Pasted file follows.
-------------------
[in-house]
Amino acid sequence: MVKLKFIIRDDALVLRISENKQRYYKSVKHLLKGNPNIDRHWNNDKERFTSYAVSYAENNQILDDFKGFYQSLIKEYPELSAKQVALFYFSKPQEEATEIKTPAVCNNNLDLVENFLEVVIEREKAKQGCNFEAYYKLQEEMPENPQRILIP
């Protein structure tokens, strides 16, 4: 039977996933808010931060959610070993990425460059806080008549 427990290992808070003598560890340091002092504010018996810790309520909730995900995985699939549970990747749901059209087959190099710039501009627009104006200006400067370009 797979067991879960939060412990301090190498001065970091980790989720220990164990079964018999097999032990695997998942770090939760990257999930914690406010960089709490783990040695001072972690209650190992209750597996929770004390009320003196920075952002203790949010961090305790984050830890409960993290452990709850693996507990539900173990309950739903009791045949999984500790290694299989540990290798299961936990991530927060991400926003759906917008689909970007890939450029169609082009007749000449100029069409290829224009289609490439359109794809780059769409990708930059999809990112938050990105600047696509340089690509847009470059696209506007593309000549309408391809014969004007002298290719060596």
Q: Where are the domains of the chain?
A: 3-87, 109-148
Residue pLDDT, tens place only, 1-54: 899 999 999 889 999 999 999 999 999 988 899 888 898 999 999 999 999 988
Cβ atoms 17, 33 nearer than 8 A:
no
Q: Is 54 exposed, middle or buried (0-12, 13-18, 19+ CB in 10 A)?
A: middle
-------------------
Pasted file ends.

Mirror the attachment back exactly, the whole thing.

[in-house]
Amino acid sequence: MVKLKFIIRDDALVLRISENKQRYYKSVKHLLKGNPNIDRHWNNDKERFTSYAVSYAENNQILDDFKGFYQSLIKEYPELSAKQVALFYFSKPQEEATEIKTPAVCNNNLDLVENFLEVVIEREKAKQGCNFEAYYKLQEEMPENPQRILIP
């Protein structure tokens, strides 16, 4: 039977996933808010931060959610070993990425460059806080008549 427990290992808070003598560890340091002092504010018996810790309520909730995900995985699939549970990747749901059209087959190099710039501009627009104006200006400067370009 797979067991879960939060412990301090190498001065970091980790989720220990164990079964018999097999032990695997998942770090939760990257999930914690406010960089709490783990040695001072972690209650190992209750597996929770004390009320003196920075952002203790949010961090305790984050830890409960993290452990709850693996507990539900173990309950739903009791045949999984500790290694299989540990290798299961936990991530927060991400926003759906917008689909970007890939450029169609082009007749000449100029069409290829224009289609490439359109794809780059769409990708930059999809990112938050990105600047696509340089690509847009470059696209506007593309000549309408391809014969004007002298290719060596």
Q: Where are the domains of the chain?
A: 3-87, 109-148
Residue pLDDT, tens place only, 1-54: 899 999 999 889 999 999 999 999 999 988 899 888 898 999 999 999 999 988
Cβ atoms 17, 33 nearer than 8 A:
no
Q: Is 54 exposed, middle or buried (0-12, 13-18, 19+ CB in 10 A)?
A: middle